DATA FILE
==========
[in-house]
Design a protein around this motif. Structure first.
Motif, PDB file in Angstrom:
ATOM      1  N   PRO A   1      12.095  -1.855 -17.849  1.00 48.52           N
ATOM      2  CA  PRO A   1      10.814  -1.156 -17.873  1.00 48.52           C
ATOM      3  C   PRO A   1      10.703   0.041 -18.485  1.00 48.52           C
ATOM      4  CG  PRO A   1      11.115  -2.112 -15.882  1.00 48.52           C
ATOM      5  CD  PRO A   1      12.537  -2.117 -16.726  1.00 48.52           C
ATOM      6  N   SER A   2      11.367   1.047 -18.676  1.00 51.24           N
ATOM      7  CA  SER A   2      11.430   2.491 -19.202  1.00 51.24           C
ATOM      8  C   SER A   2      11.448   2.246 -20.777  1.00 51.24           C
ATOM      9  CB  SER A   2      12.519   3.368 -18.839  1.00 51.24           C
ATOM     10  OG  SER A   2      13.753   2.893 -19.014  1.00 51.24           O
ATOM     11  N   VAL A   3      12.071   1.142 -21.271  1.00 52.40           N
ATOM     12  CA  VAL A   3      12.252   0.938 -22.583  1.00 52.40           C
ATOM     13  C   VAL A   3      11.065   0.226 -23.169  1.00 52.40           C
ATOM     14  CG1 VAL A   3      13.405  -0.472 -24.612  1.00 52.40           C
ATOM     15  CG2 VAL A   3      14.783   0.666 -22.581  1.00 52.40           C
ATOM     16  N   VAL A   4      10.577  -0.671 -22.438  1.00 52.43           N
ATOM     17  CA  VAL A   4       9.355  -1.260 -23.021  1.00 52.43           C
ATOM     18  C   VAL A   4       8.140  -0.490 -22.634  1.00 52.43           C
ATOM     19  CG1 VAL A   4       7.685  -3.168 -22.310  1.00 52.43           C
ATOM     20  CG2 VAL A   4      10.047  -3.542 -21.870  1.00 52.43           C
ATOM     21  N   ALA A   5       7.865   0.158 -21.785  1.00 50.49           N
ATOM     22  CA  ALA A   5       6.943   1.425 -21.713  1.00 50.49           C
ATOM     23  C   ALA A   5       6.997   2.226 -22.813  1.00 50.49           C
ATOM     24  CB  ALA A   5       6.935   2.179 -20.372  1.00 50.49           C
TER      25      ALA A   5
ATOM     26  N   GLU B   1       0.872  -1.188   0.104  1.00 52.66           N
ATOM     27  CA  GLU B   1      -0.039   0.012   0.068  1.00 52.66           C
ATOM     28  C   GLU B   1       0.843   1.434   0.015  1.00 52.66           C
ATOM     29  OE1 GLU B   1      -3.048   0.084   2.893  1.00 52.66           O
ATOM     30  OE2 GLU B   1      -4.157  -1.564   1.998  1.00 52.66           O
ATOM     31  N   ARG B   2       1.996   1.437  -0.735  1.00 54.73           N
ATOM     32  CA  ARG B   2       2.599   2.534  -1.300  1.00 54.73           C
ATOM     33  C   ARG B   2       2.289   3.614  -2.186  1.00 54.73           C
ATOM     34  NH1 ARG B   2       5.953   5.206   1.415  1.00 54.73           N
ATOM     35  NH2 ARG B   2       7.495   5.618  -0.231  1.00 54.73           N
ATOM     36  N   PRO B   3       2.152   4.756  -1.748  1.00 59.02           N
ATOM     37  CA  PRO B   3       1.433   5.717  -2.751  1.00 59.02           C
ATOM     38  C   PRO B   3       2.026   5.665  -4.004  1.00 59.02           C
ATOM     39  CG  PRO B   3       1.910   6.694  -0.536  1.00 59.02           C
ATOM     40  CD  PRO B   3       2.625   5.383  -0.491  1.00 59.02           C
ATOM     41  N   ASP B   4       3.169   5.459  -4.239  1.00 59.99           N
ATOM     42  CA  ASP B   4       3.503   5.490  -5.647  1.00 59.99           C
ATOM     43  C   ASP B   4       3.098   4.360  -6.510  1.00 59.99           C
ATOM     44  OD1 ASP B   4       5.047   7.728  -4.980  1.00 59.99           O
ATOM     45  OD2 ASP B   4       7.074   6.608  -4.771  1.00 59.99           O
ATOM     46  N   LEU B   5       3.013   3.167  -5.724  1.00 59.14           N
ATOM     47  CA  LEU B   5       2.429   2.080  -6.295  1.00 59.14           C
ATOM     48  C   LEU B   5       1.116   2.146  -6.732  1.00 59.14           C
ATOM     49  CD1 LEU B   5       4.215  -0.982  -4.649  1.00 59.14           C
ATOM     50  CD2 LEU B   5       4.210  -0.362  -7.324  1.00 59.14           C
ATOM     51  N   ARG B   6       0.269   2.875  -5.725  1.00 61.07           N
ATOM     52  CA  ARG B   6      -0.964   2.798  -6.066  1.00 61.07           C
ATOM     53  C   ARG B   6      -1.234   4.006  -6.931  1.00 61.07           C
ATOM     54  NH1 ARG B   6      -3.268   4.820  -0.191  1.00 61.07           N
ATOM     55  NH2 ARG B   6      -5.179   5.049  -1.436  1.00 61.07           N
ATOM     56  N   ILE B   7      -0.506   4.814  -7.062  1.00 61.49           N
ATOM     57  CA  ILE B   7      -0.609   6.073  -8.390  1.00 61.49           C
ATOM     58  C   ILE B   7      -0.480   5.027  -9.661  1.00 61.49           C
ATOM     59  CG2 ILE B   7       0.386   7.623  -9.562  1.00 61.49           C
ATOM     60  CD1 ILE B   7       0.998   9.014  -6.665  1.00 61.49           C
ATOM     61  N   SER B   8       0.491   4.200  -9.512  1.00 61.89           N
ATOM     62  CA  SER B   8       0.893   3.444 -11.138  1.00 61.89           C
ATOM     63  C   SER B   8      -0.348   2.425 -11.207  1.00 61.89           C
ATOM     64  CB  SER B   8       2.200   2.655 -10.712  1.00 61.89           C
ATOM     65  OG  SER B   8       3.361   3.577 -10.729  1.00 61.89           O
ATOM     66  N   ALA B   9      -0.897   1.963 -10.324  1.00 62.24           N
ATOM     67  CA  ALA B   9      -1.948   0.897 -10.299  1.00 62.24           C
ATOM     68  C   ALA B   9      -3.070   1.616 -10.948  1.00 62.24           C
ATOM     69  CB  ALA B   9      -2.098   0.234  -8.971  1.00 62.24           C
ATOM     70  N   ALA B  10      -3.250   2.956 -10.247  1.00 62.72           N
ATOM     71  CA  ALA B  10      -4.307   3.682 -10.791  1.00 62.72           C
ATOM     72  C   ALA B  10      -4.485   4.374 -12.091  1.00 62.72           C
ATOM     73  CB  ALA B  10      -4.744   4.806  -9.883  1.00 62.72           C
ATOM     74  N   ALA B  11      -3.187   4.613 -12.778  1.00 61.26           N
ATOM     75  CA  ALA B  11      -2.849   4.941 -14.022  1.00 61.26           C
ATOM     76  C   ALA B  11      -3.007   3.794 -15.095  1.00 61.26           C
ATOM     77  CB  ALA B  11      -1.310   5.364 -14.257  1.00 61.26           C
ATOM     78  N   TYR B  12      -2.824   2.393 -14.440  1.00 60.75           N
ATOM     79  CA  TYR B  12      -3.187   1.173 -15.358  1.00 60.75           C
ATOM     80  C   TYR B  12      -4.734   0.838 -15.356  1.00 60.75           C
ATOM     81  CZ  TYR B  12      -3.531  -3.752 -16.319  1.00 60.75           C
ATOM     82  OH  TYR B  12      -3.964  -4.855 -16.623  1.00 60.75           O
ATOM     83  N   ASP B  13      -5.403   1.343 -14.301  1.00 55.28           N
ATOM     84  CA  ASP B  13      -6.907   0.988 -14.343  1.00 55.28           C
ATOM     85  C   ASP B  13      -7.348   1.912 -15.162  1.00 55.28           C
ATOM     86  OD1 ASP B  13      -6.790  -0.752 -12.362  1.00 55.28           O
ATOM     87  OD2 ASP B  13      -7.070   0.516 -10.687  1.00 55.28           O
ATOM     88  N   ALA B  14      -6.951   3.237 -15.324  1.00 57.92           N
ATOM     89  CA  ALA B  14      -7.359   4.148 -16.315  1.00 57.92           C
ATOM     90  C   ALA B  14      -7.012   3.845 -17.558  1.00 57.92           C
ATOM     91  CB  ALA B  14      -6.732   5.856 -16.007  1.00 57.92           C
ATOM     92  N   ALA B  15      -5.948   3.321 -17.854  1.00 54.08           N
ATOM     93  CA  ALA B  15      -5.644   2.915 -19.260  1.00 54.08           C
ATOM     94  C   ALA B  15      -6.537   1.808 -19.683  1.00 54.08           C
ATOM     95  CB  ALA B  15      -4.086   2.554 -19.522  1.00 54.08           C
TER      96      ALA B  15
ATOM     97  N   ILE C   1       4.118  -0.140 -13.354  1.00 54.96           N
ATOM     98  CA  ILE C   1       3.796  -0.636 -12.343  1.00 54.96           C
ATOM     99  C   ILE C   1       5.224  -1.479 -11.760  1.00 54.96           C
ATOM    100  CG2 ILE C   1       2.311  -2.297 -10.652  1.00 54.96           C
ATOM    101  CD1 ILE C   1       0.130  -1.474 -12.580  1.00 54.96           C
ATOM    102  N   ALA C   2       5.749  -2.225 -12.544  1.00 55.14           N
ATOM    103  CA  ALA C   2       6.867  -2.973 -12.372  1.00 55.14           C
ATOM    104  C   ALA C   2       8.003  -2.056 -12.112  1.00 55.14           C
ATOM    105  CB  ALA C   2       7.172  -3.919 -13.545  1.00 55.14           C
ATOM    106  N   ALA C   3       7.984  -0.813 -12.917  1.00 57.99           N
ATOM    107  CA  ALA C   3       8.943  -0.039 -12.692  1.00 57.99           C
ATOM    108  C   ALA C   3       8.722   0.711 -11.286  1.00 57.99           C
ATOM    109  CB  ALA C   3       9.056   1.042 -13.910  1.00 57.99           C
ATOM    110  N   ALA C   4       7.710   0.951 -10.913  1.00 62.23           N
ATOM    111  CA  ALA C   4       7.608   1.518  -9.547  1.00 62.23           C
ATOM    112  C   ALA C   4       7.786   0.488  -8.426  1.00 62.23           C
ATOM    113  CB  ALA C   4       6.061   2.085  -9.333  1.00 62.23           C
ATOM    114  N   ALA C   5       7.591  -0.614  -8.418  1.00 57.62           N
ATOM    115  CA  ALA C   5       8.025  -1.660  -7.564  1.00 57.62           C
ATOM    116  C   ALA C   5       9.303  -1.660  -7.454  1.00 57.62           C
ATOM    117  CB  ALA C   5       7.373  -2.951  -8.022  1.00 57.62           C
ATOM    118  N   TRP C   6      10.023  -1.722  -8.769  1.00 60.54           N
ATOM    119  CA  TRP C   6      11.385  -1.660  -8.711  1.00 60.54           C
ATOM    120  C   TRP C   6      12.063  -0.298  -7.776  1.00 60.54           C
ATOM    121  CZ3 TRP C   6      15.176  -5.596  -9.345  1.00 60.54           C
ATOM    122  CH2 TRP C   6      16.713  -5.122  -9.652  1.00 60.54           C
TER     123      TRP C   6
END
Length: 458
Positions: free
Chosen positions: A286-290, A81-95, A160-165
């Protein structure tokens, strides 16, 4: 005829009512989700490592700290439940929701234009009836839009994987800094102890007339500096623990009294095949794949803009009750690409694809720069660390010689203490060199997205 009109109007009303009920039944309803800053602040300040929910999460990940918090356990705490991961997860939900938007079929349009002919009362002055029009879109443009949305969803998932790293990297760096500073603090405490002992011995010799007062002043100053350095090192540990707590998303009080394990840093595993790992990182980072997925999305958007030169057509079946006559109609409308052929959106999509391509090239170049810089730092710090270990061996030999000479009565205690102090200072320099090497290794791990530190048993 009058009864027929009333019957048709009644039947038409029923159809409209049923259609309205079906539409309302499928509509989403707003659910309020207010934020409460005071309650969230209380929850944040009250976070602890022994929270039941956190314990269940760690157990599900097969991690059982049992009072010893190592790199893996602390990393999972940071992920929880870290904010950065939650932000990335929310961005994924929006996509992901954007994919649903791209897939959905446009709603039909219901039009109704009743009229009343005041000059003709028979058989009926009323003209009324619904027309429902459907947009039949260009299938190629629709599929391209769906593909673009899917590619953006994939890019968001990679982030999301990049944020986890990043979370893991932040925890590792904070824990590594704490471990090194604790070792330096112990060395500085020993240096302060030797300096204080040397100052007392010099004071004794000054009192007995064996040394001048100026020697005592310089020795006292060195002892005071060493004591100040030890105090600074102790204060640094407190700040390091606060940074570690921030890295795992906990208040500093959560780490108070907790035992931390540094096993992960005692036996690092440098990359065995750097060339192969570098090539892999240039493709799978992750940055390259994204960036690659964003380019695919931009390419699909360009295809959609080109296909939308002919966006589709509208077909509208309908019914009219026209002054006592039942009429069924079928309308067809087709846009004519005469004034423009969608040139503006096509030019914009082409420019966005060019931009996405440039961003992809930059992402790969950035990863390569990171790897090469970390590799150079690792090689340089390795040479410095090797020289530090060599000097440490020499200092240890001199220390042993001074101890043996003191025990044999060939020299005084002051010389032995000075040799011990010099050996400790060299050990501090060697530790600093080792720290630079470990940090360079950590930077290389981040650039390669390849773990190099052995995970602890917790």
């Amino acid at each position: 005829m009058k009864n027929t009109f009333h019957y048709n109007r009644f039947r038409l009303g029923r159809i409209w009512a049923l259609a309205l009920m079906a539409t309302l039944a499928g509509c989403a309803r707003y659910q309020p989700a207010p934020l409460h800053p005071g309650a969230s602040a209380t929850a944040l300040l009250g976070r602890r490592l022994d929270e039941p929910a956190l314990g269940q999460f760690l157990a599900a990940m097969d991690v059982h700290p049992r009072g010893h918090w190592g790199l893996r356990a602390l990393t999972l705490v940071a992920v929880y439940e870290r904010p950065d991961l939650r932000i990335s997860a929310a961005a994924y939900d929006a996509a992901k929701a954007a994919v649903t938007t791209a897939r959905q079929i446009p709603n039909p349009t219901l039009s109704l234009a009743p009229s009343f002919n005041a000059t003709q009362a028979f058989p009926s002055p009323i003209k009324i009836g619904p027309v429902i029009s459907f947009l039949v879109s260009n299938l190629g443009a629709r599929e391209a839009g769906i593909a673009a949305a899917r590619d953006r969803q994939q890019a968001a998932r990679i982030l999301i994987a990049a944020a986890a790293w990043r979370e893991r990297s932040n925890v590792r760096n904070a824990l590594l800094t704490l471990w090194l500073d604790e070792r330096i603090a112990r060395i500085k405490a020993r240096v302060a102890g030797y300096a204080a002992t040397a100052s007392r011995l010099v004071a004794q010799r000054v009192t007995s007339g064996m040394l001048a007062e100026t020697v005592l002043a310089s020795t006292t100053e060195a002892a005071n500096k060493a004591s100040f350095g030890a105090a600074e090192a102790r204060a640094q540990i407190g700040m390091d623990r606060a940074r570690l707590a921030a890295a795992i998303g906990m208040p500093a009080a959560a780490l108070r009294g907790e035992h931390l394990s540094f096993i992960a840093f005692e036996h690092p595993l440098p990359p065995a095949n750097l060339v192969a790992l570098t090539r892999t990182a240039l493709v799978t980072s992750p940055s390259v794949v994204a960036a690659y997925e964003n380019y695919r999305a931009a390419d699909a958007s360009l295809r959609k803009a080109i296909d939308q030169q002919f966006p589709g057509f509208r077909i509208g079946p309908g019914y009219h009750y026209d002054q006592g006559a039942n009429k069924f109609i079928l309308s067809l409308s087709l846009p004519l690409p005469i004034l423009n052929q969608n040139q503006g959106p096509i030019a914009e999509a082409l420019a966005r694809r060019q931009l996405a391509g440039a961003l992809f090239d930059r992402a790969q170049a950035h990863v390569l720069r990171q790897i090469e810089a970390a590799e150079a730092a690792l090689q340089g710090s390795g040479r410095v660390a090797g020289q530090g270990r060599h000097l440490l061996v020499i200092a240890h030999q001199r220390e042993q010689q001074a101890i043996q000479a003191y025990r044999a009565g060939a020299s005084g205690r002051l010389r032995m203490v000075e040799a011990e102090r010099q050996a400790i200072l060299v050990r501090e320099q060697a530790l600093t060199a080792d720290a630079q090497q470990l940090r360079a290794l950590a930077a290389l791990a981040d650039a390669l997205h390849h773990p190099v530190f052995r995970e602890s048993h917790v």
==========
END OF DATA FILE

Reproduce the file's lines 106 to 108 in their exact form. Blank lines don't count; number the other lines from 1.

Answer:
ATOM    103  CA  ALA C   2       6.867  -2.973 -12.372  1.00 55.14           C
ATOM    104  C   ALA C   2       8.003  -2.056 -12.112  1.00 55.14           C
ATOM    105  CB  ALA C   2       7.172  -3.919 -13.545  1.00 55.14           C